Oliver // Theatre Royal Norwich, 05.07.12
Jaunty pickpockets, singing wenches, threatening thieves and one saintly orphan; ‘Oliver’ is a show full of songs and characters everyone knows, especially because of the 1968 film version with Ron Moody. As well loved as it is, it might seem like a challenge to create a show that still seems fresh but I’m happy to report that this latest UK tour of Lionel Bart’s hit musical ‘Oliver!’ is sheer pleasure from start to finish. The production values are sky high, the sets are fantastic, the choreography is lively and infectious and every performance is slick and lively, down to the smallest urchin.
Iain Fletcher was menacing and moody as Bill Sikes, with a real sense of physical threat about him. Cat Simmons gave us a Nancy with both sex appeal and a tender heart. A particular highlight was seeing her stand on top of a beer barrel conducting the drunken madness of the raucous song ‘Oom-Pah-Pah’. As Oliver, Harry Polden managed to be charming but with enough attitude to avoid the sickly sweet pitfalls of the part. Meanwhile the actors in smaller roles were equally committed performers, making their parts eccentric and memorable. I particularly enjoyed the melodramatic Mrs Sowerberry played by CJ Johnson, a comic gem of a performance.
The (blackened) heart of the production was Brian Conley who played the sly Fagin, king of the thieves. I must admit I’ve got a soft spot for Brian Conley, having grown up with his Saturday night entertainment show in the nineties (‘Septic Peg’ anyone? ‘It’s a puppet’? No? Just me then). His physicality is great, creeping and shuffling one moment then excitedly leaping up the next at the sight of some stolen bounty. His comedy experience really came to the fore as the audience hung on every word of ‘You’ve Got to Pick a Pocket or Two’ and ‘Reviewing the Situation’, as well as comedy asides he managed to make sound off the cuff.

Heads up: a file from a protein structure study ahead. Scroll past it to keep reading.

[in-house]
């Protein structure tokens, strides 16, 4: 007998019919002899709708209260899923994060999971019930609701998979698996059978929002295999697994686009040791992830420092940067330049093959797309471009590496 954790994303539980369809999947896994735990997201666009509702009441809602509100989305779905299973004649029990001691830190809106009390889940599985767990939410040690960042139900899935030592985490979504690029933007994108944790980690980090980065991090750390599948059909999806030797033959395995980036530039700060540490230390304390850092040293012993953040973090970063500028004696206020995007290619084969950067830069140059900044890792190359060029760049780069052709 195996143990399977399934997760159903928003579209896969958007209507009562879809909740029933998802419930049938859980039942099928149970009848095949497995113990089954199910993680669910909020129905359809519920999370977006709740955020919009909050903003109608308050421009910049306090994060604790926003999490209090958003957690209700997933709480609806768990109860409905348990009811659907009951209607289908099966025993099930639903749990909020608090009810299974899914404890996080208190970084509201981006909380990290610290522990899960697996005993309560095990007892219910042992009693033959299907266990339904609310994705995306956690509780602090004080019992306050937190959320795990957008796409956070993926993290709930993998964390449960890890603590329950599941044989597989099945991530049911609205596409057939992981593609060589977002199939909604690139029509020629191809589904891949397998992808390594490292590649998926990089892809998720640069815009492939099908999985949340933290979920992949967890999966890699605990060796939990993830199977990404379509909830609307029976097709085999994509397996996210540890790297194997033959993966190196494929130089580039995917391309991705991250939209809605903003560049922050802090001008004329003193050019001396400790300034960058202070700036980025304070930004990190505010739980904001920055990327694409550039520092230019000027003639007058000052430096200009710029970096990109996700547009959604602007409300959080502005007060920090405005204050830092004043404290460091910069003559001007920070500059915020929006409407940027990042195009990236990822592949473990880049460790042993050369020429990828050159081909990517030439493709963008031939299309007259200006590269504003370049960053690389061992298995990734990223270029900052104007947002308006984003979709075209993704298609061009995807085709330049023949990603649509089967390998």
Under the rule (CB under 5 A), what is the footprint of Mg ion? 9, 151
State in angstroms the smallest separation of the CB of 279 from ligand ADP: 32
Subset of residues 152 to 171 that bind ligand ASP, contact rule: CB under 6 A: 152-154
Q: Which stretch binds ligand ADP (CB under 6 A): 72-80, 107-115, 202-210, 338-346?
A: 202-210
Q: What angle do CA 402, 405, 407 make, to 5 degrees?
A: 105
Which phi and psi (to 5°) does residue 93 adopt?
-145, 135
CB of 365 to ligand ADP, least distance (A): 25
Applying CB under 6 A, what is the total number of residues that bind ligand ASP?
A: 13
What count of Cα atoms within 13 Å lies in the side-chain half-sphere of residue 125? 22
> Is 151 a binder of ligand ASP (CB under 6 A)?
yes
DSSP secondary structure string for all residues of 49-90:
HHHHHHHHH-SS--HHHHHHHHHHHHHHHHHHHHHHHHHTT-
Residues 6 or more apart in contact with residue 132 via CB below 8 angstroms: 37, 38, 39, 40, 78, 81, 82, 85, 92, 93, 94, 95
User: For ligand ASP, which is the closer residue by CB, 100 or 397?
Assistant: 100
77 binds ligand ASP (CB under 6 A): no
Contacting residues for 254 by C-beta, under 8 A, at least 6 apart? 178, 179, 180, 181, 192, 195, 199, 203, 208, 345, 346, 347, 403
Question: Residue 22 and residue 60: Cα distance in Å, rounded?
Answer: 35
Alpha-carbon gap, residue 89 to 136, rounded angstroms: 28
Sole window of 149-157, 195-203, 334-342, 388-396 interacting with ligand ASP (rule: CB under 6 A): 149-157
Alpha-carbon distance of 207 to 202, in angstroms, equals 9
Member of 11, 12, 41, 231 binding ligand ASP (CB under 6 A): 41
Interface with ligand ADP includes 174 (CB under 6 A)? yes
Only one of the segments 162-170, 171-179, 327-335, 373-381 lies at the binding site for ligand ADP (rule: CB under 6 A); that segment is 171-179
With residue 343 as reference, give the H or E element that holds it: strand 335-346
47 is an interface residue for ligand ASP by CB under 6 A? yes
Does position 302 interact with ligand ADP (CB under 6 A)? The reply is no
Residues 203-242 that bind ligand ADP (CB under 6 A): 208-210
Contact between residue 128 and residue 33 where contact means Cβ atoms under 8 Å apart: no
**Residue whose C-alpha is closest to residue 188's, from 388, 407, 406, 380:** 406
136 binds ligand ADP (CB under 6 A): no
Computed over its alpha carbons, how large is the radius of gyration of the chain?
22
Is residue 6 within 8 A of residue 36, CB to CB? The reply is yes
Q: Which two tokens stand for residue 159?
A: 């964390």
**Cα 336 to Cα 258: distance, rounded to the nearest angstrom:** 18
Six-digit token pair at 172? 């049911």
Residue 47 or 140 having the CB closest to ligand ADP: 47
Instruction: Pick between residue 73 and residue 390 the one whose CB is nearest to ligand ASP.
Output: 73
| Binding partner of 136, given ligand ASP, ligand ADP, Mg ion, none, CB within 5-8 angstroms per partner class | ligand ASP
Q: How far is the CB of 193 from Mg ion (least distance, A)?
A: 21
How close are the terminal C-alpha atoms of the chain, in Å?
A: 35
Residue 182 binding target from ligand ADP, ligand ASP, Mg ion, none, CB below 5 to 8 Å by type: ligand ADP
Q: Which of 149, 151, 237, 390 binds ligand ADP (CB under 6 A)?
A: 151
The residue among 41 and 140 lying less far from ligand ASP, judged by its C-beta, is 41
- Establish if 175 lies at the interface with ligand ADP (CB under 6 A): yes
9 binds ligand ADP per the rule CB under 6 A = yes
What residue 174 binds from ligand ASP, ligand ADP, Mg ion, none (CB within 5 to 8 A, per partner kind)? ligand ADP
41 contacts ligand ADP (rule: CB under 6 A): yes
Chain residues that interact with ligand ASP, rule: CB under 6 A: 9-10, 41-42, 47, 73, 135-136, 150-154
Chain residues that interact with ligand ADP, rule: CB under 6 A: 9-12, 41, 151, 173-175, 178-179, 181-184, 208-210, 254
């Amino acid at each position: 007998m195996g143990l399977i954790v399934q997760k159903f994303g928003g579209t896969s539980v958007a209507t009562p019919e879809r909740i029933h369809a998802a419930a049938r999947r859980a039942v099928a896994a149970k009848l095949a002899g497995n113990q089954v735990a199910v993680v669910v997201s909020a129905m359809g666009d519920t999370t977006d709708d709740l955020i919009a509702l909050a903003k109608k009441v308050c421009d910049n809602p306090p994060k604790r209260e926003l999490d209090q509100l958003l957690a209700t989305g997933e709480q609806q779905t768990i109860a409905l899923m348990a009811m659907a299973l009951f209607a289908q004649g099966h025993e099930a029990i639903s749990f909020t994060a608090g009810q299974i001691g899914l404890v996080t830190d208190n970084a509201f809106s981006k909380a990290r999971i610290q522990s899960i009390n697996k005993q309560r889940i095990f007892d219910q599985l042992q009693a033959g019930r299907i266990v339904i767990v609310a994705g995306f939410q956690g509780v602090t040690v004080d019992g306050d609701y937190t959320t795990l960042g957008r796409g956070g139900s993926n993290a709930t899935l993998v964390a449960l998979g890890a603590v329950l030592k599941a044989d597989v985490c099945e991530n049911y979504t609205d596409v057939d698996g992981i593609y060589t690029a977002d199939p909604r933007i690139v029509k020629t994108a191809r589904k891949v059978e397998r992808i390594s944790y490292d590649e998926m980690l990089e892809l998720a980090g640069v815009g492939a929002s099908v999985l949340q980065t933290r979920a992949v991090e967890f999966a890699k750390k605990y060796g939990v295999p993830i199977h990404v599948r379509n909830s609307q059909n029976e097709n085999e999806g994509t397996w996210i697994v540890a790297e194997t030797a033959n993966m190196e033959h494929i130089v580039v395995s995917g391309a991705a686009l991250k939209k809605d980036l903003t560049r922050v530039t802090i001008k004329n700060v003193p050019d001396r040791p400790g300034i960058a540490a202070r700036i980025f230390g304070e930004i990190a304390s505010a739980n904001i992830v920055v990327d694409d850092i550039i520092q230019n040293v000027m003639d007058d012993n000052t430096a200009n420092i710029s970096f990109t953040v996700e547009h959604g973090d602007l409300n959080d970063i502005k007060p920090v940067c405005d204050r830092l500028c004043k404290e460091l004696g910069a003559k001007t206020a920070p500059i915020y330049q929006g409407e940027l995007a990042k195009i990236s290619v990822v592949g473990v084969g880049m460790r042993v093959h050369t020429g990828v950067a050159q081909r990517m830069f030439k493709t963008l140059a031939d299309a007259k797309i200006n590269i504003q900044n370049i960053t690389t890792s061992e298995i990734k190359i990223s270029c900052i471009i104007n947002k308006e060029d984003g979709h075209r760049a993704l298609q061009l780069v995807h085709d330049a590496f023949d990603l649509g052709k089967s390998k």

What impressed most of all was the scale of the show, especially obvious in the street settings of ‘Consider Yourself’ and ‘Who Will Buy?’ The stage was brimful with London life, street performers, washerwomen, policemen and market sellers all weaving around and dancing in unison. The set designers (Totie Driver and Adrian Vaux) managed to create a sense of spectacle as the darkened streets slid back to reveal a backdrop of St Paul’s Cathedral. It was the perfect example of how ambitious and enjoyable this production was. With a month long run that finishes on the 4th of August I would heartily recommend this show to anyone who wanted to see a big, bold and unashamedly fun show.